Saturday, January 22, 2011

From Teaching to Learning Paradigm


"I cannot teach anybody anything; I can only make them think" – Socrates

"I never teach my pupils; I only attempt to provide the conditions in which they can learn" – A. Einstein

In the quest to explore and probe how teaching-learning practice is best approached, I read with great interest the long (14 pages) article written by Barr & Tagg, “From Teaching to Learning – A New Paradigm for Undergraduate Teaching” which was published about 15 years ago. I was interested to get hold of the original article because it is often cited in many discussions (article/book) on student-centered learning vs teacher-centered practice. Basically in the article they compared the traditional “Instruction Paradigm” and the emerging “Learning Paradigm”. The terms are equivalent to “teacher-centered” and “student/learner-centered” that are more prevalent in the contemporary literatures.

Barr & Tagg argued that the purpose of teaching institution (schools, colleges, universities) is NOT to provide instruction (teaching) but rather to produce learning with every student by whatever means work best. They used the term “instructional paradigm” to describe the traditional “teacher-centered” classroom where the teacher talk and most students listen. They asserted that teaching/instruction is the means (method), not the end (purpose) of college education – “To say that the purpose of colleges is to provide instruction is like saying that General Motors' business is to operate assembly lines or that the purpose of medical care is to fill hospital beds (page 13)”. Their contention was, because learning and learning outcome should be the end or the purpose of any college education, the shift to learning paradigm (student-centered) is much warranted.

According to the authors, if the instruction paradigm is to teach, to lecture, and to deliver courses, then in the learning paradigm the mission is to produce learning. They preferred the word 'produce': not 'provide', not 'support', not 'encourage' but to 'produce' learning. It is a question of responsibility and it represents a shift from taking the responsibility for providing quality instruction (lecturing, talking) to taking responsibility for student learning.

Here I summarized some major points from the article:
  • In the Learning Paradigm, a college's purpose is not to transfer knowledge but to create environments and experiences that bring students to discover and construct knowledge for themselves, to make students members of communities of learners that make discoveries and solve problems, and recognizing that the chief agent in the process is the learner.
  • Learning Paradigm views faculty/teacher as primarily the designers of learning environments; they study and apply best methods for producing learning and student success.
  • Learning paradigm views teacher as a coach, rather than a sage on a stage. As a coach, not only he/she designs game plans but also create new and better "games," ones that generate more and better learning.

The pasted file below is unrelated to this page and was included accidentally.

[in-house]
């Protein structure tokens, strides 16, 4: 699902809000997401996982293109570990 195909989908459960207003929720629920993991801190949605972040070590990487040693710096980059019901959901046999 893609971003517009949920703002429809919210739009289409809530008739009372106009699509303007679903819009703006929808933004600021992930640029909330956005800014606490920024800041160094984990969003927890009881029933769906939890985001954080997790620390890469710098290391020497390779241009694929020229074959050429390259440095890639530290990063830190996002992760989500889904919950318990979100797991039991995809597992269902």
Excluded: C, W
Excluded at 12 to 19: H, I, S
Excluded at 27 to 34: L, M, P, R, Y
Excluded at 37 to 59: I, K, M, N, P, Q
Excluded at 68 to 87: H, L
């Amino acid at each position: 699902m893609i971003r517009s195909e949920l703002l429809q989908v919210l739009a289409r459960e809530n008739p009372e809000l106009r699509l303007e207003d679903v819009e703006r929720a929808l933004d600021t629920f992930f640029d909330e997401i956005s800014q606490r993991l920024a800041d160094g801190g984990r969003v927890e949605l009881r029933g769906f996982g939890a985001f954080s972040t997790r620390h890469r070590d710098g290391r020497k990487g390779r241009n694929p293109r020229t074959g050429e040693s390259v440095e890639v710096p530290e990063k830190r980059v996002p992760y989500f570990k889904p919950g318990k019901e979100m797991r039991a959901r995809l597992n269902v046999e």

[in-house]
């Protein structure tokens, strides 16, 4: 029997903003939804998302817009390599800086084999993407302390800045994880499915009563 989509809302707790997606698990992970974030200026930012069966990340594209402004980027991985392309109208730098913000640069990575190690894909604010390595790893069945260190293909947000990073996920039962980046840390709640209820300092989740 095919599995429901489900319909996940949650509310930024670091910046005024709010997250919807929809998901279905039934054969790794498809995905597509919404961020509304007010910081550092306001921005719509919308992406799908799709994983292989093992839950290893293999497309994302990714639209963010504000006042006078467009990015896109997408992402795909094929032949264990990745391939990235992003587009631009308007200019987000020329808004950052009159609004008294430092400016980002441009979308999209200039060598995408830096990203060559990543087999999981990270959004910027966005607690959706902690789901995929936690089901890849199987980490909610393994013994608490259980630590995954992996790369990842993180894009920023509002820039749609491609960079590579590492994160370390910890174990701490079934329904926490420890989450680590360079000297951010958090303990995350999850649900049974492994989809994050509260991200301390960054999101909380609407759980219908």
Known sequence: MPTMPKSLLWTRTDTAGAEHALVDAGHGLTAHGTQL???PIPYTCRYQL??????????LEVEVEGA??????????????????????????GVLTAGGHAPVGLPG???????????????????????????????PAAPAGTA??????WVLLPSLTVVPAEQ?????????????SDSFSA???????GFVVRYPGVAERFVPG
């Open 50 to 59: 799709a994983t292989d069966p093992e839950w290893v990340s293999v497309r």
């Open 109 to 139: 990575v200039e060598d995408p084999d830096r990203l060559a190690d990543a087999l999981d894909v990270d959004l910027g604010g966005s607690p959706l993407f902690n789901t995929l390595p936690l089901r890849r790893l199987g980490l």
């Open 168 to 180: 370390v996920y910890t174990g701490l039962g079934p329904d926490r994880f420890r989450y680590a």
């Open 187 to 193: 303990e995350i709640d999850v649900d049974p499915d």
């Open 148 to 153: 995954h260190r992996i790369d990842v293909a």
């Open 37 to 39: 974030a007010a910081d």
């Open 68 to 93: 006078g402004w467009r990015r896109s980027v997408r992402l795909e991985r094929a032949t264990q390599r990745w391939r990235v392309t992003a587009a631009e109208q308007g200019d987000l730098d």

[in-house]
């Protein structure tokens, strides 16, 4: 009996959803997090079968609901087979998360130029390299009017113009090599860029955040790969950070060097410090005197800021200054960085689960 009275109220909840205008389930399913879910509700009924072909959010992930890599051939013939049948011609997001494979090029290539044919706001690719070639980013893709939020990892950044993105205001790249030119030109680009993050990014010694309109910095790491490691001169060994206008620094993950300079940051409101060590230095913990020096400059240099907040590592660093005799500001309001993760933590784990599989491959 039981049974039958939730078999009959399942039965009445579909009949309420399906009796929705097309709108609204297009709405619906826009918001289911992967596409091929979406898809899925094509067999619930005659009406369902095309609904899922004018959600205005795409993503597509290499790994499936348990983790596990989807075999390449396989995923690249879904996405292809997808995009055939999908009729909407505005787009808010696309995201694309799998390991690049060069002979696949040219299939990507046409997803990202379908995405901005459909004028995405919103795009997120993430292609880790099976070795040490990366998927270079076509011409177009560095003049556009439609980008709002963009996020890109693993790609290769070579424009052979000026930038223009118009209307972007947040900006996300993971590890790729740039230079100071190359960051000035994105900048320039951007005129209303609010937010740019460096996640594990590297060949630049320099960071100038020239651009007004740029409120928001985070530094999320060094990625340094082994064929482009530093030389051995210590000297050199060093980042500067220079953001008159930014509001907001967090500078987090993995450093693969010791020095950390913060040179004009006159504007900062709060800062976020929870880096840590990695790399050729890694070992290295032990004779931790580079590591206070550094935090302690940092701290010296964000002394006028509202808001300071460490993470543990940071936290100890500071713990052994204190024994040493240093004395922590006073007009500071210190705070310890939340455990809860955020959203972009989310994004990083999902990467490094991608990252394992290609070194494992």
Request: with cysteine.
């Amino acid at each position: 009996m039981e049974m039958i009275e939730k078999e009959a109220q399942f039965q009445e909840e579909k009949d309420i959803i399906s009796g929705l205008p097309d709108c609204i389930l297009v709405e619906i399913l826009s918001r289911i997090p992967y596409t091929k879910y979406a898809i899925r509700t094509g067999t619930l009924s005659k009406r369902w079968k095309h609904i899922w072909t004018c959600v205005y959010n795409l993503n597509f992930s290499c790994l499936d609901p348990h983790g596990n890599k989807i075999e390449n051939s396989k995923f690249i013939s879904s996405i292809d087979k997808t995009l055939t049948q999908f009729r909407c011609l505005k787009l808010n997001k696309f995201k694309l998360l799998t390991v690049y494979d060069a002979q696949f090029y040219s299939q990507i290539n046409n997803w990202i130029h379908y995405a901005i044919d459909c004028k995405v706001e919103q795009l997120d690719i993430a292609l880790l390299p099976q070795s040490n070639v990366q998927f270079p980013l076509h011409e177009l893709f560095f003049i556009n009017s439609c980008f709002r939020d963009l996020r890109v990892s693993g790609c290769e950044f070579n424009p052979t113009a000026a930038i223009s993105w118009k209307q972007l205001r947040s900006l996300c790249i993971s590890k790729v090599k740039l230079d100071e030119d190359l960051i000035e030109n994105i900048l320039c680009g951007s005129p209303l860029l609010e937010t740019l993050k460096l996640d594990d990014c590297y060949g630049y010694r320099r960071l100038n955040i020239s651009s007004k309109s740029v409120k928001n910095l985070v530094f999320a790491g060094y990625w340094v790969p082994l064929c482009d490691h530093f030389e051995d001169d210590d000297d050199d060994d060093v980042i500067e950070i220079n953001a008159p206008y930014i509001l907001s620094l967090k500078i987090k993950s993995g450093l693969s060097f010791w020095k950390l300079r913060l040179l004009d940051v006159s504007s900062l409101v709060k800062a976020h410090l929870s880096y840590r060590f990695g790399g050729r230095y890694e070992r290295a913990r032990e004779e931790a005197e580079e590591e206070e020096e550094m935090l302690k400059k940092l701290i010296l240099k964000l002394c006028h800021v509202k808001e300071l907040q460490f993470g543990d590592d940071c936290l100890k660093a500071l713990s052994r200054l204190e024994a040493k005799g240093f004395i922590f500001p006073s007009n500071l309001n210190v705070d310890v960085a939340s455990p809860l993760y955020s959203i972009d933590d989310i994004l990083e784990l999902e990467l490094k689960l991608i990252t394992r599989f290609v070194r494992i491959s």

• The Learning Paradigm should aim ultimately to provide students with a sufficient grasp of concepts, principles, or skills so that they can apply on new problems and situations. This involves the mastery of functional, knowledge-based intellectual frameworks rather than the short-term retention of fractionated, contextual cues.
  • Knowledge exists in each person’s mind and is shaped by individual experience.
  • Learning environments and learning are cooperative, collaborative, and supportive.
  • Empowering learning is challenging and complex.
[Adapted mainly from an article by Robert B. Barr and John Tagg, "From Teaching to Learning: A New Paradigm for Undergraduate Education", Change Magazine, Nov/Dec., 1995].

To summarize the key points, I have produced a brief presentation (in 2 parts):
  • Part 1A – A Changing Scenario of Teaching-Learning (4.07 min) and 
  • Part 1B: Student-Centered Learning – The Changing Role of Teacher & Student (4.11 min). 
[NOTE: For best view, I would suggest view in full screen by clicking the "Play in HD" button (the icon on the right of speaker icon)].






Your comments and thoughts are most welcome!

2 comments:

  1. Thank you for sharing your very insightful reflections Prof Karim! It's great to see that there is a growing awareness to move towards student-centric learning that nurture thinking and away from archaic exam-oriented that produce robots :D

    P.s: I feel that it would be best if you provide your presentations with your actual voice or narration from an actual person. Ruth Clark has mentioned in her book, e-Learning And The Science of Instruction that adding that human touch through voice has a better impact on presentations. Nonetheless, you have done an excellent job of creating and sharing your presentations online :D

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  2. Hi Frashad, thank you for your kind words. While I thank God for my voice, but for voice over/narration purposes it doesn't sound that good. On the issue of exam-oriented system that is still prevalent, yes, I don't think it's a fair mean to evaluate the overall learners' performance. I would rather use a properly designed formative assessment, provided it is implemented properly.

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